Petrified Forest National Park
Arizona • January 1, 2006

Petrified Forest National Park is an interesting place to visit, a lonely stretch of badlands and plains in the Arizona high country southeast of Holbrook. The park is essentially two parts: the southern part with the ancient stone trees lying about the crusty badlands, and the Painted Desert, a panorama of colorful countryside in the north segment of the park.

My first visit here was in 1994 with some college friends passing through. This time, we made this our New Years Getaway. We drove up the day before and got a hotel room in Winslow at the Super-8. The two women running the place were Navajo, highly amused we had deliberately come here instead of somewhere more interesting. They both had dreams of some day going to Lake Havasu City. We mentioned that it was just a four-hour drive west along Interstate-40, and to just go for it. We hope they did. Us, we were one of few people in the hotel. Our New Year's celebration was quiet.

On New Year's Day, we headed east toward the national park, entering it on its south end and stopping in at a few souvenir places that specialize in polished stones and geodes. It's bad form to pick up and take actual petrified wood from within the park, so this little place allows one to buy such items without upsetting the cosmos. We picked up some geode bookends.

Petrified logs

Me on the nature walk

More logs

Once we had our legally-bought rocks, we drove north into the park and stopped at a few overlooks and one place where you can walk an asphalt-path through a dense collection of the petrified logs laying everywhere. These logs are interesting to view, and larger than expected. The whole area is remote, the kind of place that best is described as "high lonesome". Also, not many people actually come here. We had a fun time and easy short nature walks.

Driving north, we stopped at the overlook for the Painted Desert. The land below drops steeply into a valley, with an extensive network of badlands eroded into wild maze-like shapes, colors ranging from gray to red to green to tan to ochre to umber to siena (my 64-color crayon set as a kid has come in handy). A lonely mesa called Pilot Mountain is off in the distance, the highest point in the national park. But getting there looks like quite a long hike amid badlands. We stuck around about an hour before moving on. We also toured the visitor's center, and overall spent about five hours within the park before driving back to Winslow.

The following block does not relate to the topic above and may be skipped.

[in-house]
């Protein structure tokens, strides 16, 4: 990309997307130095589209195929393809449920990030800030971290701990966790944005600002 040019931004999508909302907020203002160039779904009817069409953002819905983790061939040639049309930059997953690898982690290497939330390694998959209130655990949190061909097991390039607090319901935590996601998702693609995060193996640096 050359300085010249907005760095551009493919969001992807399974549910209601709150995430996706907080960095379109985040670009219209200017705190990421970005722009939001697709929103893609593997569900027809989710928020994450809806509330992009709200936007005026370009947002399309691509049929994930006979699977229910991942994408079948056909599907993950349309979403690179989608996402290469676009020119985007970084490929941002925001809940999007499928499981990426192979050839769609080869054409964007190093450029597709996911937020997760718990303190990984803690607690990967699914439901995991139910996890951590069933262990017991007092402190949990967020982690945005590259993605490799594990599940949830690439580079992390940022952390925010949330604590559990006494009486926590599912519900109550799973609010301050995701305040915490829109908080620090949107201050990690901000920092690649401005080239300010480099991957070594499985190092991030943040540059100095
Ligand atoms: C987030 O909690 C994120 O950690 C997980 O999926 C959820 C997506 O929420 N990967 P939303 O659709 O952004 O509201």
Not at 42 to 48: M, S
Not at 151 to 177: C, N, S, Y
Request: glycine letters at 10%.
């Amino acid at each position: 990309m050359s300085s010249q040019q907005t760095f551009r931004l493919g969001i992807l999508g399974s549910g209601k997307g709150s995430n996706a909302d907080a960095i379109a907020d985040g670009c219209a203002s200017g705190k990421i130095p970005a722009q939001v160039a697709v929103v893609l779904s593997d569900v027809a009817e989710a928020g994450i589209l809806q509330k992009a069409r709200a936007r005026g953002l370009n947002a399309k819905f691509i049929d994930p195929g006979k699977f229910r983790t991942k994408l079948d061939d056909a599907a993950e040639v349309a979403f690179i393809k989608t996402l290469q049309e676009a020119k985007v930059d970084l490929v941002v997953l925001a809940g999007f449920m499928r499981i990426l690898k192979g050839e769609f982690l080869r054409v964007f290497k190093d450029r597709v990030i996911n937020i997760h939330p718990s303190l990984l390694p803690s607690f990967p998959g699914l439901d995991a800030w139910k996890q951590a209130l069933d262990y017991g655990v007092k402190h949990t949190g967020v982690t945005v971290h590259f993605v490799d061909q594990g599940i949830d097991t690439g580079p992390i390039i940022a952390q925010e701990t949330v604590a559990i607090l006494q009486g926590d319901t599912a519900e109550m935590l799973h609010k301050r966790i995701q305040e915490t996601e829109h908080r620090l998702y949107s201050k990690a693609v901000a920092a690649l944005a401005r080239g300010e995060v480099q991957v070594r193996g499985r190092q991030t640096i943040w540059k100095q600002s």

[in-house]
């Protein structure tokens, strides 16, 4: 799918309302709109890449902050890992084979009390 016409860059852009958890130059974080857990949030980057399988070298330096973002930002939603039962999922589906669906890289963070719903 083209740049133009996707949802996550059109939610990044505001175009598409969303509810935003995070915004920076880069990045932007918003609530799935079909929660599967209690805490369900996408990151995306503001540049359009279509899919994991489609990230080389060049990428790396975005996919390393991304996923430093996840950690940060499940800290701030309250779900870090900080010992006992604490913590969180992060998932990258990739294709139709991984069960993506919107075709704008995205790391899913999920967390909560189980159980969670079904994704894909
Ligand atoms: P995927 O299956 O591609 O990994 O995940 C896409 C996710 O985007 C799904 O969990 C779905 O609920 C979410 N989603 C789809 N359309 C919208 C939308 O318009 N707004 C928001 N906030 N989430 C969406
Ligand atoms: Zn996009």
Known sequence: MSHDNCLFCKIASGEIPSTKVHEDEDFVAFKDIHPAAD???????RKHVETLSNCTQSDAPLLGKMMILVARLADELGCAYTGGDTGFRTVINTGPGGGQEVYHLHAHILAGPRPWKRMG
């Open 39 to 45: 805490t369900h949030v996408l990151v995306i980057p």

Interesting fracturing

Pilot Peak

North 35, West 110 Confluence Hunt

On the drive back to Winslow, we (meaning I) took a detour onto Sun Valley Road, then north and east past homesteads and into the open featureless plains, a little south of the Navajo Nation boundary. This confluence is dull. As you can see, it was cold and breezy. Fortunately, the hike was short, and I was back to the car quickly, to resume our drive back to Winslow.






North 35, West 111 Confluence Hunt

The following day, we visited Meteor Crater, a fascinating crater from a meteorite that crashed into the Earth about 50,000 years ago. Then we drove south and east a few miles to seek out this confluence, which was easy to find in the wide open plain. Afterward, we continued south on ranch roads until we were in the Tonto National Forest, below the cliffs of the Mogollon Plateau. This took us eventually to highway AZ-87 into Payson and on home.

West, Meteor Crater in back







(c) 2006, 2012 Scott Surgent. For entertainment purposes only.